• Both sea lions and fur seals breeding season continues

 

 

11. NOVEMBER

Average Temperature [ minimum - maximum ]: 21- 26 C

Average Rainfall: 1.3cm (in highlands)

Average Water Temperature: 23 C

Wildlife Highlights: 

  • Green sea turtles begin mating
  • Blue footed Boobies nesting
  • Waved Albatross nesting
  • Both sea lions and fur seals breeding season continues

 

 

12. DECEMBER

Average Temperature [ minimum - maximum ]: 22- 27 C

Average Rainfall: 1.3cm (in highlands)

Average Water Temperature: 22.5 C 

Wildlife Highlights: 

  • Marine and Land iguanas begin mating
  • Green sea turtles begin mating
  • Blue footed Boobies nesting
  • Waved Albatross nesting
  • Both sea lions and fur seals breeding season continues

 

 

Galapagos Highlights

 

Monthly Highlights in the Galapagos

 

For scuba divers: 

    -Year round conditions: abundance of marine wildlife, open clear waters 

    -Increased water visibility from: January – March 

    -Highest water temperature from: January – March 

    -Marine megafauna migrations, including whale sharks and humpback whales from: June – September 

 

For those that like it hot: 

    - Highest average air temperatures from: January/February to April/May

 

For those that need some vitamin D: 

    -Best months for sunny clear skies: January - March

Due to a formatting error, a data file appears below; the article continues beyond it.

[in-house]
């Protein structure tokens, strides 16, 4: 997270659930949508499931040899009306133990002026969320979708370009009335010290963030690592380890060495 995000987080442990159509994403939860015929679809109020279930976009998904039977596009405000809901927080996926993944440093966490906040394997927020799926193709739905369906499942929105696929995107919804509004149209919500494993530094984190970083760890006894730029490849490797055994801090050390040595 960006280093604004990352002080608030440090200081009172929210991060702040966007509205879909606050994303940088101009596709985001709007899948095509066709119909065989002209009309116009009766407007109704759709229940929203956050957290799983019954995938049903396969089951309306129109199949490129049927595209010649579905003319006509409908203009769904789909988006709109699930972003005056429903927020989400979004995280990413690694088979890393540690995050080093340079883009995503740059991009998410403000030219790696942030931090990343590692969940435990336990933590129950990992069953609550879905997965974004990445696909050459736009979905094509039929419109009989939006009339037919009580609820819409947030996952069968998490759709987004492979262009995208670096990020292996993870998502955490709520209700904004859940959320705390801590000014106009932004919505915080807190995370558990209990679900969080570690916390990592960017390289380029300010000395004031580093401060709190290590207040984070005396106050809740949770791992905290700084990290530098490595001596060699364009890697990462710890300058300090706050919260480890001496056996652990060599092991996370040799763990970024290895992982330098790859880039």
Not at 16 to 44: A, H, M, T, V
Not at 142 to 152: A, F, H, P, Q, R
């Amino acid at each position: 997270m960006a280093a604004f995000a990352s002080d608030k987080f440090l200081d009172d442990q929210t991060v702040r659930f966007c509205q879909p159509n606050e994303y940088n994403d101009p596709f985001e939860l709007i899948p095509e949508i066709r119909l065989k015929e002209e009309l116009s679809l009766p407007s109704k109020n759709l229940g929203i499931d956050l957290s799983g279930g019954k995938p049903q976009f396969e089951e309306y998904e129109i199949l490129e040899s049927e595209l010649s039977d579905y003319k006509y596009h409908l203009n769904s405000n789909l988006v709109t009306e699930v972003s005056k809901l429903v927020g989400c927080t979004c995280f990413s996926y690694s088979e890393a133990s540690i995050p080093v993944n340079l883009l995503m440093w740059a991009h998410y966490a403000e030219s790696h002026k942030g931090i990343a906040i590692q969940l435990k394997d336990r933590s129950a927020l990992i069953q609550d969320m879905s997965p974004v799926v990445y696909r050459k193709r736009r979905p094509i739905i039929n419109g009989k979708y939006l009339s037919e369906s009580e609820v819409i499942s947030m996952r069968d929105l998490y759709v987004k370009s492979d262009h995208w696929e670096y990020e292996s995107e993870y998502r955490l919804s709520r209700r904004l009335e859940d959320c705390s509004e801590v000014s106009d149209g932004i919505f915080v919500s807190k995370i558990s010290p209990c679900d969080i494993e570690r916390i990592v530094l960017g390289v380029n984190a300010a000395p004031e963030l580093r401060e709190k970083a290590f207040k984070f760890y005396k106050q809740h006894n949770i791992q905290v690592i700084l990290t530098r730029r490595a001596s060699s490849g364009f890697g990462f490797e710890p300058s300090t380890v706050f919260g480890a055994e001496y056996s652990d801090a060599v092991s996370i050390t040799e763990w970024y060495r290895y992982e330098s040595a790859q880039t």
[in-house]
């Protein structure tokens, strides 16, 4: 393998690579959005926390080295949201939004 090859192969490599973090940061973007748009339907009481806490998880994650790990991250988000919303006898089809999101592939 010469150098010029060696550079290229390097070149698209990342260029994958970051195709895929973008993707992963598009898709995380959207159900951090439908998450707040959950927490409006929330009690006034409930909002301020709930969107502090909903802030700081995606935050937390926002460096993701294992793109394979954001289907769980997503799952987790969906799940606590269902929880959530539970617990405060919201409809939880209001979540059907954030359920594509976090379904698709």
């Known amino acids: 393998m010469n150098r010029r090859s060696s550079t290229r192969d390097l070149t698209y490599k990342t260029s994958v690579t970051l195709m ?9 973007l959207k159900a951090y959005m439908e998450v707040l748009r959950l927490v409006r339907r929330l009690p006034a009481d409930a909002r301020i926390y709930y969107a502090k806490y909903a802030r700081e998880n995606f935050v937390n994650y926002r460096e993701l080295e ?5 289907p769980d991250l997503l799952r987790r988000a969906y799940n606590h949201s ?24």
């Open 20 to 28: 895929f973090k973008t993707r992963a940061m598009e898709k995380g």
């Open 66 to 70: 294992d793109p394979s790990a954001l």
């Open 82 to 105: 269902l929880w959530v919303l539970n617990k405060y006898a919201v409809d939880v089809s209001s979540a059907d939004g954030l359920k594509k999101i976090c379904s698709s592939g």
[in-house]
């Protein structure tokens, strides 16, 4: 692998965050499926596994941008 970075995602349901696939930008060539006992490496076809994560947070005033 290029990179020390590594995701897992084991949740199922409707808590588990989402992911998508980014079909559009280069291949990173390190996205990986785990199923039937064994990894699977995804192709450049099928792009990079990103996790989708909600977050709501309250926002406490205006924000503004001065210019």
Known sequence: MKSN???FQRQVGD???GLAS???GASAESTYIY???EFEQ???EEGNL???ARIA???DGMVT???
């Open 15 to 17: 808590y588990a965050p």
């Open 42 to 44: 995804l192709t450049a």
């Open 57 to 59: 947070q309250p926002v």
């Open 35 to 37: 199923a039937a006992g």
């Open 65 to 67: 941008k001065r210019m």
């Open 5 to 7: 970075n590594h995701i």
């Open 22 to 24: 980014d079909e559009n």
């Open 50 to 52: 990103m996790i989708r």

For wildlife observation: 

    -All year round! 

 

 

Galapagos Seasons

 

High Season vs. Low Season in the Galapagos

In the Galapagos Islands, tourist traffic peaks during the summer and in holiday months, when prices increase slightly and hotels and flights book up. It is important to know that during the peak season, Galapagos cruise prices are increased. The low season is generally during the months of April/May and September/October, when traffic on the island is less busy. It is highly recommended to book your Galapagos cruise several months in advance, that way you can be sure to get the flight and accommodations that work best for you. These unique islands are rich with endemic flora and fauna all year long, so there really is no bad time to go! 

 

For more information about Galapagos weather and seasons, or advice about booking a Galapagos Cruise, please contact us and a Rainforest Cruises Travel Specialist will be happy to help. You can also give us a call at 1-888-215-2555.


Other blog posts you might enjoy:

About Rainforest Cruises

Rainforest Cruises is a boutique travel company specializing in Amazon river cruises and tours, providing you with the finest collection of cruises in Peru, Brazil, Ecuador, the Galapagos Islands and Panama. As South American travel experts we have all the advice you need to help you find and book your dream cruise and an unforgettable adventure of a lifetime.

Testimonials

Geri Daniel loved her vacation with Rainforest Cruises.
We had an absolutely fabulous time on the Amazon cruise. Thank you again for the trip of a lifetime.
— Geri Daniel, Austin, TX
The Johannson family encounter a sloth on their rainforest cruise.
We had a wonderful time in the Amazon. We were all impressed with the efficiency and organization of the trip from start to finish.
— Jeanette Johannson & Family, USA